I've always heard the g12h-30s were better suited with the Bluesbreaker/JTM45 circuit, and that the greenbacks were just not tight enough in the bass to handle the low end of the JTM45 without farting out at high volumes. I don't know if thats true or not, I've never played Greenbacks in the JTM45. Greg Germino's clips of the JTM45 (Classic 45) are played with heritage greenbacks and it sounds amazing.
But I guess if you're after the "Bluesbreaker" Clapton tone, you may want the warm mids of the 25 watt greenback. Otherwise, I'd look for the g12h-30, the heavier magnet will handle the bass a lot better, and is better for Hendrix or Angus tone. If you've never played a JTM45 before, you'll understand what I mean, I run my bass on zero, bridge the channels, turn the bright channel to about 7-8 and dial in low end by using the channel II (normal) volume (probably keep that at about 2-3).
Clapton used 20 watt alnico greenback speakers in his amp. The new greenbacks don't use alnico magnets, so they sound smoother and a bit "mushy". A 20 watt speaker would be damaged after being pushed for too long anyway.
I'll email George about it, because they don't that BB in the video.
PS: I'm not after Clapton's BB tone, I'm after something smoother and less overdriven.
The new Greenbacks that George puts into the bluesbreaker are new 25 watt reissues and the JTM45 puts out about 50 watts when you're diming it. It SHOULD technically be ok... though some of the guys over at the Metro boards say that they've heard of smoking speakers with the JTM45.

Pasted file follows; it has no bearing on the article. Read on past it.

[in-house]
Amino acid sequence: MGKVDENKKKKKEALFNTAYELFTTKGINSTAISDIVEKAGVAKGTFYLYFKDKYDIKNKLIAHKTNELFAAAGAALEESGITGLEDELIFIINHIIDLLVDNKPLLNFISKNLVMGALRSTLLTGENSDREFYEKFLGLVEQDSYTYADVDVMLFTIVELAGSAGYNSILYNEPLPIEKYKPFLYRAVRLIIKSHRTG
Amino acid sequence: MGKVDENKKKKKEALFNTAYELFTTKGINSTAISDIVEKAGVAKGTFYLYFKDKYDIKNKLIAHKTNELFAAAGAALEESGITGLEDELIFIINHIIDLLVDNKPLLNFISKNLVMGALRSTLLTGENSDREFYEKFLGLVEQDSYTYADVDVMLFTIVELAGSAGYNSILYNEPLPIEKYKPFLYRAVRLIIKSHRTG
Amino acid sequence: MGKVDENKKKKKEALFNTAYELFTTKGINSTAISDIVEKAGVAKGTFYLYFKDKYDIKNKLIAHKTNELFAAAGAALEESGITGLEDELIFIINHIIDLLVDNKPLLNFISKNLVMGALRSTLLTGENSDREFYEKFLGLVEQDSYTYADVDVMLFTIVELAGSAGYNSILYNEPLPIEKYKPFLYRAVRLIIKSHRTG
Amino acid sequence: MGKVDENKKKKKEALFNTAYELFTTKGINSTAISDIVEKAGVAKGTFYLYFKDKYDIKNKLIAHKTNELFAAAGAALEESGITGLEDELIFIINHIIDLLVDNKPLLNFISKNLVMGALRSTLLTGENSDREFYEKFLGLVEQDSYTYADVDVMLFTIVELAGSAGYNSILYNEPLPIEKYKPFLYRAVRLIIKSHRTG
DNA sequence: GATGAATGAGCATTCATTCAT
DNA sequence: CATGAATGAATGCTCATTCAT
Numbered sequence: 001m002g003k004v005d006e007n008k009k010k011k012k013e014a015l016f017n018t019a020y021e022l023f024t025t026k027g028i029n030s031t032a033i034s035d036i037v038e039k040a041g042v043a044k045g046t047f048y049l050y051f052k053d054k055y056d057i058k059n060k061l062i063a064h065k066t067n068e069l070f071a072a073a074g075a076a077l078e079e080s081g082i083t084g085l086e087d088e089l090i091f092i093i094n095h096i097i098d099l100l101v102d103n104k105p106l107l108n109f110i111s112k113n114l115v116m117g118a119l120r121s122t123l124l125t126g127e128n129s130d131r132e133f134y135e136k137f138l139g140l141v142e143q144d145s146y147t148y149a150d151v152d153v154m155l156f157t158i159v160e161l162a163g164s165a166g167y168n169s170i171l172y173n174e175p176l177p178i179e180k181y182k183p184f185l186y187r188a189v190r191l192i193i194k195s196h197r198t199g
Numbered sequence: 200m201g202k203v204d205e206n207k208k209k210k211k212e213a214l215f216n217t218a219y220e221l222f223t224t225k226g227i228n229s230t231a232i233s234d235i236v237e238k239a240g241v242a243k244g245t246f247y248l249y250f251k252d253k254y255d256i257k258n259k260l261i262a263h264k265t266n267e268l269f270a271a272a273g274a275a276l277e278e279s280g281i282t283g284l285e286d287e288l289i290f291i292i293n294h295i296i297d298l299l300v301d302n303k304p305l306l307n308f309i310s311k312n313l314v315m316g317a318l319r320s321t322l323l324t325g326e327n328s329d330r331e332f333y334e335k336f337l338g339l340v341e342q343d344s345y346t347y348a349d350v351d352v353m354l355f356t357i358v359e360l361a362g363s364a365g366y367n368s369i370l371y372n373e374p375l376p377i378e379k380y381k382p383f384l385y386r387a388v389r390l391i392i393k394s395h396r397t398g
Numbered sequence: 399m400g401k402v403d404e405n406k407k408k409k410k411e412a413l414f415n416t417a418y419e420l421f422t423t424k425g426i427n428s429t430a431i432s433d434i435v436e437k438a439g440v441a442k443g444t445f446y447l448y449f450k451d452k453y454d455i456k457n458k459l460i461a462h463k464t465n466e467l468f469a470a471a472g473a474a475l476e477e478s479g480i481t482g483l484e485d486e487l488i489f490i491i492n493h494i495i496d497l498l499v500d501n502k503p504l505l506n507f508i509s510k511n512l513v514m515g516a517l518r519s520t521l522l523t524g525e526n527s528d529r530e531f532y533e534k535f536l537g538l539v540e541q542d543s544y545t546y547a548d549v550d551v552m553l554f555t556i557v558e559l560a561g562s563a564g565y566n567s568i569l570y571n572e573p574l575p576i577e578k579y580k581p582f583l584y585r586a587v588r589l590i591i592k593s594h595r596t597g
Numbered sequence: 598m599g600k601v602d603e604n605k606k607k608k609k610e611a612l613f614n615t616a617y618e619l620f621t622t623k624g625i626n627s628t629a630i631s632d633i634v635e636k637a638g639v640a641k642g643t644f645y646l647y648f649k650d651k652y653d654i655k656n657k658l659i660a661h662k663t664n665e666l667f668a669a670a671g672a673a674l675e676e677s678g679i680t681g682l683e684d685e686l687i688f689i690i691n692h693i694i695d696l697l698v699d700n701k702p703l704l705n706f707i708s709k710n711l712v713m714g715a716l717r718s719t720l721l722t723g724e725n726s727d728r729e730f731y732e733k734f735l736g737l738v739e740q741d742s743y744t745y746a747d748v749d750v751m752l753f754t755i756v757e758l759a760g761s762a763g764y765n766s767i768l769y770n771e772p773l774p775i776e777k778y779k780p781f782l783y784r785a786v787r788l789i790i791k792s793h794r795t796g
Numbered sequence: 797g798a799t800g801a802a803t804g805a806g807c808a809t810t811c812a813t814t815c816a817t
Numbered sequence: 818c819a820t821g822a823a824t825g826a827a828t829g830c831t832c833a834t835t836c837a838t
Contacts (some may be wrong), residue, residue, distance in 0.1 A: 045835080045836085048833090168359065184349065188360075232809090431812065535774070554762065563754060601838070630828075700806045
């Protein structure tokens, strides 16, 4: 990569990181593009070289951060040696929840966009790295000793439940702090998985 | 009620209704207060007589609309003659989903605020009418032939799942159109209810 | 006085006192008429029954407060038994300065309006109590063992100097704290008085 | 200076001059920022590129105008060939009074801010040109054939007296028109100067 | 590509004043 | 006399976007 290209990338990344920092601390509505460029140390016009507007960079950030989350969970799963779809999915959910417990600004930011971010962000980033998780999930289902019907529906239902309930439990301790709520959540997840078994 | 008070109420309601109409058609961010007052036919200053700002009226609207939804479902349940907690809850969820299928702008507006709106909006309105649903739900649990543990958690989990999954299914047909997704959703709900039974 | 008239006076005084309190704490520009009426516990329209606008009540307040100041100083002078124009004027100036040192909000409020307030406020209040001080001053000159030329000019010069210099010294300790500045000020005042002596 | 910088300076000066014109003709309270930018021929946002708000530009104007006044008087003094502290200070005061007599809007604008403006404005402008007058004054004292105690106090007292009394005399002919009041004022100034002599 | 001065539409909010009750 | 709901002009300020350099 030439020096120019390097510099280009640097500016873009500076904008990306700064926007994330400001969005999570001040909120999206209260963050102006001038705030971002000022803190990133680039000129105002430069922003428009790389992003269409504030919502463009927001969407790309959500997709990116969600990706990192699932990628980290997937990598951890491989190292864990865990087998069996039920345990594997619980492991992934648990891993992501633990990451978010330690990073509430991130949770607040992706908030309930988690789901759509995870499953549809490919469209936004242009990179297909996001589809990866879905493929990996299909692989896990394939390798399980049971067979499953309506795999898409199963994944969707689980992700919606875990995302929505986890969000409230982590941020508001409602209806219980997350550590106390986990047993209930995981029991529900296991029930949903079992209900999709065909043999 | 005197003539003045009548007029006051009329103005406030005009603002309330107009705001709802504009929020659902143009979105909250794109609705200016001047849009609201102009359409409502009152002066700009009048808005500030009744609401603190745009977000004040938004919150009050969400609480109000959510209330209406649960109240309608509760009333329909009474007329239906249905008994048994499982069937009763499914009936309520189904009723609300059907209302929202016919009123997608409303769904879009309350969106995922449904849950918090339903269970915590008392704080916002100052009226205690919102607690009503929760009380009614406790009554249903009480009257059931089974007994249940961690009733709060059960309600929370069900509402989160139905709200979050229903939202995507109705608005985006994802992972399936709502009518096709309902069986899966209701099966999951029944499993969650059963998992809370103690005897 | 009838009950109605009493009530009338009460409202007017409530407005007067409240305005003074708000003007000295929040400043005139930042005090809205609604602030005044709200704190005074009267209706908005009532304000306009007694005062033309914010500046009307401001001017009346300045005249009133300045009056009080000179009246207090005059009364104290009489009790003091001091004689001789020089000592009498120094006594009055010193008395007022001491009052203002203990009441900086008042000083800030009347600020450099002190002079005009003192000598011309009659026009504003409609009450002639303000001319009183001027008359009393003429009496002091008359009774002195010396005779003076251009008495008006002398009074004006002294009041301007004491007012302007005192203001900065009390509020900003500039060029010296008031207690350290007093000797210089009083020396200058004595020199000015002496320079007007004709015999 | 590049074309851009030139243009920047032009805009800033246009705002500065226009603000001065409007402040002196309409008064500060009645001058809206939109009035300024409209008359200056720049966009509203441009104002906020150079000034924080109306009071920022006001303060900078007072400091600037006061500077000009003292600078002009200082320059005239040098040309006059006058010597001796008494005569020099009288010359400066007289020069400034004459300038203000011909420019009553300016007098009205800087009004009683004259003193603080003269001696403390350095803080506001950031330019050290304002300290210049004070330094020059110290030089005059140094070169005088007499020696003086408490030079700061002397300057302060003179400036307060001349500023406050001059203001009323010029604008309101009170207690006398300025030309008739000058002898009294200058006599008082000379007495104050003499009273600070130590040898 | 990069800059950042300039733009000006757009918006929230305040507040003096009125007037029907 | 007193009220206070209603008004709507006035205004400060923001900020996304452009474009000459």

That video uses Celestion alnico golds, they're 50 watts a piece, similarly voiced to the original alnico blues, but with higher power handling.
Man, please let me post an amp that was made in 1986:(
Yeah, I changed the rules. Post it!
Well, I'm the proud owner of a Marshall Artist Series 4203 Tube Amp, not all-tube, it has preamp transistors and tube power amp and rectifier. It's 30 Watt of class A wiring, so it's LOUD, anyone else owns one of these???, I found it used and I loved it, was about $350, was it a good price??? Its in great condition. Has a Celestion Vintage 30 in it:D, only con is you need a footswitvh to change between OD an clean chanels.
There is a great shop in the city that I work. That have walls of vintage amps. Mostly old fenders, a few ancient tube Danelectros and Silvertones. Last time I was there they had an original Vox AC-30. I was too afraid how much he wanted for it after he told the price for some 80s Mesa MKIII. Nice stuff, but outside of my price range. I did buy a '68 silvertone off the guy when I was young(er) and dumb(er).
I just wanted to alert people about www.allenamps.com
im just curious how a splawn super stock compares to a vintage jcm 2203 and vintage plexi
anyone care to enlighten me?
Would pics of a Blackface Super Reverb help this thread?
You have one? Post away, you lucky dog :) !
Well, Splawns are like Plexis on steroids. They have features like more gain, solo boosts and a master volume.
They sound do things normal plexis have trouble doing, like hard rock and metal.
I've never played one, but I'll give you examples:
Splawn Quickrod vs Nitro
Now, for your answer!
Well, a super stock is a vintage voiced amp. It's probably their amp that is the most similar to a plexi.
A vintage JCM 800 will give you those high gain and crunch tones, but the Super Stock will give you mostly classic rock crunch.
Super Stock: Less gain, more about cleans and crunch
JCM 800: High gain
What music do you play?